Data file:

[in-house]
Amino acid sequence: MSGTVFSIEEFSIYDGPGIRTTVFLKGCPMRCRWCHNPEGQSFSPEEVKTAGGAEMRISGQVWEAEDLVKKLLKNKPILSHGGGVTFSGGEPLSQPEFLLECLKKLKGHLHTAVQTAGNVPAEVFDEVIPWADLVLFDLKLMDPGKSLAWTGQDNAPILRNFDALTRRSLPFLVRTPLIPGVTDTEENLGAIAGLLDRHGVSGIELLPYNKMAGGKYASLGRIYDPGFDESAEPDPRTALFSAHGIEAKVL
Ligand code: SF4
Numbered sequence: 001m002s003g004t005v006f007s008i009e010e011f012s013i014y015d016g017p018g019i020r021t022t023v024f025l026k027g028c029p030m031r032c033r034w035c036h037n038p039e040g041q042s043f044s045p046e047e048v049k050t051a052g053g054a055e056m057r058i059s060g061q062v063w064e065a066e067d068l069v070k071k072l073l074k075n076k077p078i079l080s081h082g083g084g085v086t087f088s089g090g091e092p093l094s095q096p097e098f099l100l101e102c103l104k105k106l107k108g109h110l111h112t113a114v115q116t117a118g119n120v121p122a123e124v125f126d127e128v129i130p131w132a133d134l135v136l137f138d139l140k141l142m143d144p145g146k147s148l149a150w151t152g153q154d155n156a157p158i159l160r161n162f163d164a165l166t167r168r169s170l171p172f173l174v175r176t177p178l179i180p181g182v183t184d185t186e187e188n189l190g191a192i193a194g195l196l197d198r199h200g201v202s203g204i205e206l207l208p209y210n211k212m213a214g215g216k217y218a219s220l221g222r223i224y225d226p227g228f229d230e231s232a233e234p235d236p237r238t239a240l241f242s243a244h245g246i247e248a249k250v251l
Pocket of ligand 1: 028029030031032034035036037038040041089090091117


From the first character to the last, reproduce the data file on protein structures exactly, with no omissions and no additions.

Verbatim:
[in-house]
Amino acid sequence: MSGTVFSIEEFSIYDGPGIRTTVFLKGCPMRCRWCHNPEGQSFSPEEVKTAGGAEMRISGQVWEAEDLVKKLLKNKPILSHGGGVTFSGGEPLSQPEFLLECLKKLKGHLHTAVQTAGNVPAEVFDEVIPWADLVLFDLKLMDPGKSLAWTGQDNAPILRNFDALTRRSLPFLVRTPLIPGVTDTEENLGAIAGLLDRHGVSGIELLPYNKMAGGKYASLGRIYDPGFDESAEPDPRTALFSAHGIEAKVL
Ligand code: SF4
Numbered sequence: 001m002s003g004t005v006f007s008i009e010e011f012s013i014y015d016g017p018g019i020r021t022t023v024f025l026k027g028c029p030m031r032c033r034w035c036h037n038p039e040g041q042s043f044s045p046e047e048v049k050t051a052g053g054a055e056m057r058i059s060g061q062v063w064e065a066e067d068l069v070k071k072l073l074k075n076k077p078i079l080s081h082g083g084g085v086t087f088s089g090g091e092p093l094s095q096p097e098f099l100l101e102c103l104k105k106l107k108g109h110l111h112t113a114v115q116t117a118g119n120v121p122a123e124v125f126d127e128v129i130p131w132a133d134l135v136l137f138d139l140k141l142m143d144p145g146k147s148l149a150w151t152g153q154d155n156a157p158i159l160r161n162f163d164a165l166t167r168r169s170l171p172f173l174v175r176t177p178l179i180p181g182v183t184d185t186e187e188n189l190g191a192i193a194g195l196l197d198r199h200g201v202s203g204i205e206l207l208p209y210n211k212m213a214g215g216k217y218a219s220l221g222r223i224y225d226p227g228f229d230e231s232a233e234p235d236p237r238t239a240l241f242s243a244h245g246i247e248a249k250v251l
Pocket of ligand 1: 028029030031032034035036037038040041089090091117